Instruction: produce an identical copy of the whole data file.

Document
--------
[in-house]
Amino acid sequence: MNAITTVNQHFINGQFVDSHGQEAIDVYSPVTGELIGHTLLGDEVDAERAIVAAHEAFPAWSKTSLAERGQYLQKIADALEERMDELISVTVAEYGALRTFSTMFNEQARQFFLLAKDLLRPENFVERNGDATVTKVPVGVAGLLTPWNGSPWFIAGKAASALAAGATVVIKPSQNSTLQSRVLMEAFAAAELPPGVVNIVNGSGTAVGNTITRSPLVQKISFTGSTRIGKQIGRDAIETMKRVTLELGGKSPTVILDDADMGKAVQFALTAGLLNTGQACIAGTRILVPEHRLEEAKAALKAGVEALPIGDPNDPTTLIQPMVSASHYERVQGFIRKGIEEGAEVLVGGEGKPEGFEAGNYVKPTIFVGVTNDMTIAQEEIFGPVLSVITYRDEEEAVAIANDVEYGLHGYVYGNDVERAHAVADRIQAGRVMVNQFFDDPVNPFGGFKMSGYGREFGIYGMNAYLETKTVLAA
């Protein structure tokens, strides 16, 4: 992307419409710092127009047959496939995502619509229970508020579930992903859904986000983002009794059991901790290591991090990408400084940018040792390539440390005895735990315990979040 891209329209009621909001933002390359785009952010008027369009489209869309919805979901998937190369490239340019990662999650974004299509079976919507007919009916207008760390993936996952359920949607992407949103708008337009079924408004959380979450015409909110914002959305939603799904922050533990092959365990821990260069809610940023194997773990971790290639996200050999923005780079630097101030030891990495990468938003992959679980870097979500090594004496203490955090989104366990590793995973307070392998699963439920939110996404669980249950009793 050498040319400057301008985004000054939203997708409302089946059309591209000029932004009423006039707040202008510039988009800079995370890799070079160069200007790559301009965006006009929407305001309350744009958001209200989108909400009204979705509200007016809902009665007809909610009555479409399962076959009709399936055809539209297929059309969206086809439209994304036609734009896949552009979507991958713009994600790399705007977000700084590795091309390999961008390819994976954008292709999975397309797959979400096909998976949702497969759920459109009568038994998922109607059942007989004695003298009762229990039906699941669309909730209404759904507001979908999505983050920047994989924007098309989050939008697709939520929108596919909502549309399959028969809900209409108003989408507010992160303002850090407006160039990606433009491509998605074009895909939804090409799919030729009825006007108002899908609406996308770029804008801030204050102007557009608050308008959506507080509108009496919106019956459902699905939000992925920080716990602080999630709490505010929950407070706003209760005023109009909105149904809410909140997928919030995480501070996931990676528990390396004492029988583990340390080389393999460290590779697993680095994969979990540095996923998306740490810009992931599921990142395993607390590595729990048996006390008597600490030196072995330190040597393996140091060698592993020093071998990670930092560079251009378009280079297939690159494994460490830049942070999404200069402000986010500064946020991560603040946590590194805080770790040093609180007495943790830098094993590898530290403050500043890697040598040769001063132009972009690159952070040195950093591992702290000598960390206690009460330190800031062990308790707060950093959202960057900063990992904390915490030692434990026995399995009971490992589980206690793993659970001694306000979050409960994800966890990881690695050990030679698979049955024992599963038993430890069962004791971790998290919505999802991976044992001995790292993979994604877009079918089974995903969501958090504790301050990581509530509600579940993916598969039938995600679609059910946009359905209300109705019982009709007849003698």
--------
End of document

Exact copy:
[in-house]
Amino acid sequence: MNAITTVNQHFINGQFVDSHGQEAIDVYSPVTGELIGHTLLGDEVDAERAIVAAHEAFPAWSKTSLAERGQYLQKIADALEERMDELISVTVAEYGALRTFSTMFNEQARQFFLLAKDLLRPENFVERNGDATVTKVPVGVAGLLTPWNGSPWFIAGKAASALAAGATVVIKPSQNSTLQSRVLMEAFAAAELPPGVVNIVNGSGTAVGNTITRSPLVQKISFTGSTRIGKQIGRDAIETMKRVTLELGGKSPTVILDDADMGKAVQFALTAGLLNTGQACIAGTRILVPEHRLEEAKAALKAGVEALPIGDPNDPTTLIQPMVSASHYERVQGFIRKGIEEGAEVLVGGEGKPEGFEAGNYVKPTIFVGVTNDMTIAQEEIFGPVLSVITYRDEEEAVAIANDVEYGLHGYVYGNDVERAHAVADRIQAGRVMVNQFFDDPVNPFGGFKMSGYGREFGIYGMNAYLETKTVLAA
């Protein structure tokens, strides 16, 4: 992307419409710092127009047959496939995502619509229970508020579930992903859904986000983002009794059991901790290591991090990408400084940018040792390539440390005895735990315990979040 891209329209009621909001933002390359785009952010008027369009489209869309919805979901998937190369490239340019990662999650974004299509079976919507007919009916207008760390993936996952359920949607992407949103708008337009079924408004959380979450015409909110914002959305939603799904922050533990092959365990821990260069809610940023194997773990971790290639996200050999923005780079630097101030030891990495990468938003992959679980870097979500090594004496203490955090989104366990590793995973307070392998699963439920939110996404669980249950009793 050498040319400057301008985004000054939203997708409302089946059309591209000029932004009423006039707040202008510039988009800079995370890799070079160069200007790559301009965006006009929407305001309350744009958001209200989108909400009204979705509200007016809902009665007809909610009555479409399962076959009709399936055809539209297929059309969206086809439209994304036609734009896949552009979507991958713009994600790399705007977000700084590795091309390999961008390819994976954008292709999975397309797959979400096909998976949702497969759920459109009568038994998922109607059942007989004695003298009762229990039906699941669309909730209404759904507001979908999505983050920047994989924007098309989050939008697709939520929108596919909502549309399959028969809900209409108003989408507010992160303002850090407006160039990606433009491509998605074009895909939804090409799919030729009825006007108002899908609406996308770029804008801030204050102007557009608050308008959506507080509108009496919106019956459902699905939000992925920080716990602080999630709490505010929950407070706003209760005023109009909105149904809410909140997928919030995480501070996931990676528990390396004492029988583990340390080389393999460290590779697993680095994969979990540095996923998306740490810009992931599921990142395993607390590595729990048996006390008597600490030196072995330190040597393996140091060698592993020093071998990670930092560079251009378009280079297939690159494994460490830049942070999404200069402000986010500064946020991560603040946590590194805080770790040093609180007495943790830098094993590898530290403050500043890697040598040769001063132009972009690159952070040195950093591992702290000598960390206690009460330190800031062990308790707060950093959202960057900063990992904390915490030692434990026995399995009971490992589980206690793993659970001694306000979050409960994800966890990881690695050990030679698979049955024992599963038993430890069962004791971790998290919505999802991976044992001995790292993979994604877009079918089974995903969501958090504790301050990581509530509600579940993916598969039938995600679609059910946009359905209300109705019982009709007849003698």